Website Design // July 23, 2013Website Maintenance 101: 5 Essential Post-launch Tasks
Posted by Fuze
So, you launched a spanking new website. Now what? You surely invested valuable time and money into hunting down a worthy design shop, working with them to craft a perfect set of design mockups and devoured your fingernails while your site was in development. Now you can sit back and relax, right?
Not so fast.
A website is a dynamic business tool that requires continual upkeep and maintenance in order to function properly. A static website means death in the eyes of the two most important audiences: potential customers and search engines. The web industry is changing faster than ever, as new design and development techniques arise and search engines like Google continues to tweak its search algorithm. Your website must follow suit, or it will quickly become obsolete.
1. Monthly server backups
Backing up your website ensures that in the event of a major outage or technical disaster, you’ll be back up and running promptly. Your core website files should be backed up at least once per month. This will give you peace of mind and prepare you for the worst case scenario.
2. Code compatibility checks
Major browsers like Chrome, Firefox, Internet Explorer and Safari release new versions quite often. It’s important that your website code be continually optimized to prevent front-end glitches. There’s nothing worse than a big red “x” showing in place of an image that is not displaying, or misaligned elements that throw off the site layout. A competent developer should be reviewing your code once a month to ensure compatibility with all new browser releases.
3. Search engine optimization compliance review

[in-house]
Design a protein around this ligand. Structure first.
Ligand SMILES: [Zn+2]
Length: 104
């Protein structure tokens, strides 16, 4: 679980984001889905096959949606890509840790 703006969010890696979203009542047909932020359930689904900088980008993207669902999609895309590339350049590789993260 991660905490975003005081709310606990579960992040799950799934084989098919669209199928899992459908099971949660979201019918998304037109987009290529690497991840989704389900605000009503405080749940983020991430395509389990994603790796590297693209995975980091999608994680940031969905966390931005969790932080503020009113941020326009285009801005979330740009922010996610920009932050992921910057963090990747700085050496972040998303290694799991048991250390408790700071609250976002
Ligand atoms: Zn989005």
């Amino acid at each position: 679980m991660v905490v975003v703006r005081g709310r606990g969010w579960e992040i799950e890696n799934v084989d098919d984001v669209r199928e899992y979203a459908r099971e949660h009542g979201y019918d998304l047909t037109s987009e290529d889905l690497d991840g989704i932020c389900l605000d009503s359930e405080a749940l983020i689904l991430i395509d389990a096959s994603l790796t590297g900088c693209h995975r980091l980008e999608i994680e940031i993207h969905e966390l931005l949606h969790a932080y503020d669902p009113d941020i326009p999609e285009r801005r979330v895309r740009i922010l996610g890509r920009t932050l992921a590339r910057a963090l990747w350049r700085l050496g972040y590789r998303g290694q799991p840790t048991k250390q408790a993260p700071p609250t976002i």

One of the most important aspects of Search Engine Optimization (SEO) is ensuring that the elements Google looks for when determining how to rank web pages, are properly structured. When a user performs a query for a given keyword, Google’s robots scour the web looking for relevant pages. Robots read the code for each page, looking for key elements that help determine relevancy to the performed search.
Title tags, meta information, heading tags and on-site content are some of most critical items to stay on top of. They should be structured to comply with Google Webmaster Tools guidelines, as well as the most recent algorithm updates (Penguin and Panda).
4. Content updates
It’s a known fact that Google prefer websites that are updated frequently. Why? Because Google thinks websites should be for people, and is trying to become more human-like. Websites that sit stale are not offering up-to-date information and are rendered obsolete in the eyes of major search engines.
Types of content that should be frequently updated:
– Blog posts
– New team members
5. Conversion Optimization
Unless you’re converting 100% of your visitors into leads or paying customers, there is always room for improvement. The art of testing new site elements or features to increase conversion rates is referred to as “Conversion Rate Optimization”. This can be as simple as changing the text on a buttom from “Request a Quote” to “Request a Consultation”, or as complex as re-working the flow of your checkout process.
You never know how visitors will react to your website and sometimes slight variations in font size, button color or image selection can results in profound increases in conversions. Always be testing!